In the 1840s the inhabitants of Bo’ness derived their water supply solely from springs and shallow wells in the neighbourhood, including the springs at Barrel Braes, the Roperie, the well at Flints known as “Wallese”, and St John’s Well.
“A small spring well situated on the top of Pan Braes, and owes its name to the circumstance of being on a brae”(OSNB).
Well o’ Spa
(NS 9920 8131)
“This name is given to the shaft of an old coalpit in the parish minister’s grass glebe. There is said to have been a spa well where the pit was sunk, or at some place near at hand”(OSNB)
The name is in fact typical of the people of Bo’ness who gave grandiose names to mundane structures. It is probably a laconic reference to the beautiful ancient healing well in Aberdeen but here is applied to an old pit shaft.
(NS 97 78)
“Two very fine spring wells about half a mile NW of Kinneil Mills, they are surrounded by a small bleaching ground & contiguous is a small wash house”(OSNB).
In 1846 this source, and a nearby spring at Langlands, were considered for supplying the town of Bo’ness. The water was plentiful, but in the end a nearer source was tapped (Salmon 1913, 269).
St. John’s Well
(NT 001 804)
“An excellent spring well on Borrowstoun Farm, a short distance north of the farmhouse. The well is covered over and a pump fixed on it, from which the inhabitants adjacent are supplied with water. It is also from this the inhabitants of Bo’ness are chiefly supplied. It is not known why it got the name, unless it was from the knights of St John, who at one time possessed the land around it. There is a field convenient which is still known by the name of the Temple land”(OSNB).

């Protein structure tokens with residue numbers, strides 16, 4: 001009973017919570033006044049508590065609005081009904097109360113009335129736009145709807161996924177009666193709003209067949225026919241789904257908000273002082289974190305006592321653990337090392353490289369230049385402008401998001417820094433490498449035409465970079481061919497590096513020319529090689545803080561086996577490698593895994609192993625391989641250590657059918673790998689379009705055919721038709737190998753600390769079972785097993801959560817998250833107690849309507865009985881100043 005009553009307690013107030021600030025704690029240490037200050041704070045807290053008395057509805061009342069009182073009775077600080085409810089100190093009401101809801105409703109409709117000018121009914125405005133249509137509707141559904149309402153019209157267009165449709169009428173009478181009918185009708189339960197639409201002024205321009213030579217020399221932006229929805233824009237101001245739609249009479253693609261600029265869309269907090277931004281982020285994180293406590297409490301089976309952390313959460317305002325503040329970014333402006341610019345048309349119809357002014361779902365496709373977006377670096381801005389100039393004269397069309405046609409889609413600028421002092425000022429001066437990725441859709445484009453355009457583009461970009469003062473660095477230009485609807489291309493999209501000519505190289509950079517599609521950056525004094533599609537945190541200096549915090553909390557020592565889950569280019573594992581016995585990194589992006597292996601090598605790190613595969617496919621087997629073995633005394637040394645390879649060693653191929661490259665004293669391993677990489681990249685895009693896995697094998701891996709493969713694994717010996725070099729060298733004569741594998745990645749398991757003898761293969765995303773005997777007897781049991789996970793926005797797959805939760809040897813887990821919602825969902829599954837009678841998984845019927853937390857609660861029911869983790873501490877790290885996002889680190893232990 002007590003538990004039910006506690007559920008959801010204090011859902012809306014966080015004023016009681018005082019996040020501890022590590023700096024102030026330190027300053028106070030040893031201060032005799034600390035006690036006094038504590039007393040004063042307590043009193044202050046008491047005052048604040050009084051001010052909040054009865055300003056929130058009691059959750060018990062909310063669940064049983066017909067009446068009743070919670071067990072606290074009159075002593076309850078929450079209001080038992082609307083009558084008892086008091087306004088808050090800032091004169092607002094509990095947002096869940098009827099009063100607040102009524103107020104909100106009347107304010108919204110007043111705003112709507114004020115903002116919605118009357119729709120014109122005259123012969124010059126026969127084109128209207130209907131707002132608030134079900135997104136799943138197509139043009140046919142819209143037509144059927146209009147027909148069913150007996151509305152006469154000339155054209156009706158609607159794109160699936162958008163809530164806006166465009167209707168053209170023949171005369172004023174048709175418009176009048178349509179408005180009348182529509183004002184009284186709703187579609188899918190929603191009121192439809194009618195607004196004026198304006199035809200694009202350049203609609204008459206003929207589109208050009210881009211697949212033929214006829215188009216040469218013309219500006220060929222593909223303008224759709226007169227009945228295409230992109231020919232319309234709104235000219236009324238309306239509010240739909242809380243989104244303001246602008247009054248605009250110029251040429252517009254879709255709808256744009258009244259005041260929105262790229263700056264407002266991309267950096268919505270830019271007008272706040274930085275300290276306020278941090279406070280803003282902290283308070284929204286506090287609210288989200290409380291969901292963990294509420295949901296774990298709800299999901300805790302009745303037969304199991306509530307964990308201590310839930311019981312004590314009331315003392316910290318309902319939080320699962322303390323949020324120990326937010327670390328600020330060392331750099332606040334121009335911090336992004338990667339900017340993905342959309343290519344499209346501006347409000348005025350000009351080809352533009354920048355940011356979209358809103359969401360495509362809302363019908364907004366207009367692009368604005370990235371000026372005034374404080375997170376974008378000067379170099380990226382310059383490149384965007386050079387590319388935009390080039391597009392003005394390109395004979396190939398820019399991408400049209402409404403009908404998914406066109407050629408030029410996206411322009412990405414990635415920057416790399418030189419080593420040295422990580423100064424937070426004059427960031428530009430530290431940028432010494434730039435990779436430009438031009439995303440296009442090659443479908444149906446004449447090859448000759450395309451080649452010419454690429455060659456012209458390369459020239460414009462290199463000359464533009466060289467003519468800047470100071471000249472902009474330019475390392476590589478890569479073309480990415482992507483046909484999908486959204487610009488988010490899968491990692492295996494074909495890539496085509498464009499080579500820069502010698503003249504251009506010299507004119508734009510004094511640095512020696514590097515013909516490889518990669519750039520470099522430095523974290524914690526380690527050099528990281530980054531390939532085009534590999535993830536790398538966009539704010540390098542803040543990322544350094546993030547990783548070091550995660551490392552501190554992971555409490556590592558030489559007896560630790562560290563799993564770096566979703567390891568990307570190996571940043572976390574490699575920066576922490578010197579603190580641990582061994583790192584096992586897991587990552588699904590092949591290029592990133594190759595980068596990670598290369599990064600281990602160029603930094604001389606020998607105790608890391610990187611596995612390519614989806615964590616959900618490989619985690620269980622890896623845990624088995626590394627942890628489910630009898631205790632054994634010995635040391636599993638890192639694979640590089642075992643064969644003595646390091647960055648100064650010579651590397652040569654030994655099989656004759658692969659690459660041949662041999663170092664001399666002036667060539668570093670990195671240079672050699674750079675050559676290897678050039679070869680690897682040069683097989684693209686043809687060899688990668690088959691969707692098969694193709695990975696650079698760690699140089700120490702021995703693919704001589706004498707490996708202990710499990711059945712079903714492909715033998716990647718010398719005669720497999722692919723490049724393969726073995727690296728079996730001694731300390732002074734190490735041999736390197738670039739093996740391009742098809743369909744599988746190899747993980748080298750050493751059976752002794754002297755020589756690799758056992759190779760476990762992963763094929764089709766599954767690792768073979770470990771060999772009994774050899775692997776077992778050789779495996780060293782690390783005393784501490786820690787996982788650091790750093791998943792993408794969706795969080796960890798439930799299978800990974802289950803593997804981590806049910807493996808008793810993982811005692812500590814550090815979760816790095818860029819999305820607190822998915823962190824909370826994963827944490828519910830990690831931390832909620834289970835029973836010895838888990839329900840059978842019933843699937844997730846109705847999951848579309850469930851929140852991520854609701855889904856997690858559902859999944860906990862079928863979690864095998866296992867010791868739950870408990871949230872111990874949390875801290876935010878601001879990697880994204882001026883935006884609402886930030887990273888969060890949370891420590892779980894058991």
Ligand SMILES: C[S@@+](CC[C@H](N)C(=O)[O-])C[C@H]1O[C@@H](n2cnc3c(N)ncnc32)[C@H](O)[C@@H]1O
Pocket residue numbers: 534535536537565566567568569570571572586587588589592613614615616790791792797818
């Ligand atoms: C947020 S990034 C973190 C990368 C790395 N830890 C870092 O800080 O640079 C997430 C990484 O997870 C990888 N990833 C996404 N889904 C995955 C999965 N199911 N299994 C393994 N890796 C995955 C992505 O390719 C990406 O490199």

In 1849 the Bo’ness Town Trustees had cut deep drains near the well, causing much consternation to the rapidly increasing population of Newton which used it. Eventually the Trustees were able to ensure them that the operations were intended to increase the water supply to the well and to the town of Bo’ness. They then enlarged the fountain (ie the water tank) of St. John’s Well, which was properly enclosed, and a pump was put into it for the use of the inhabitants of Borrowstoun (Salmon 1913, 268).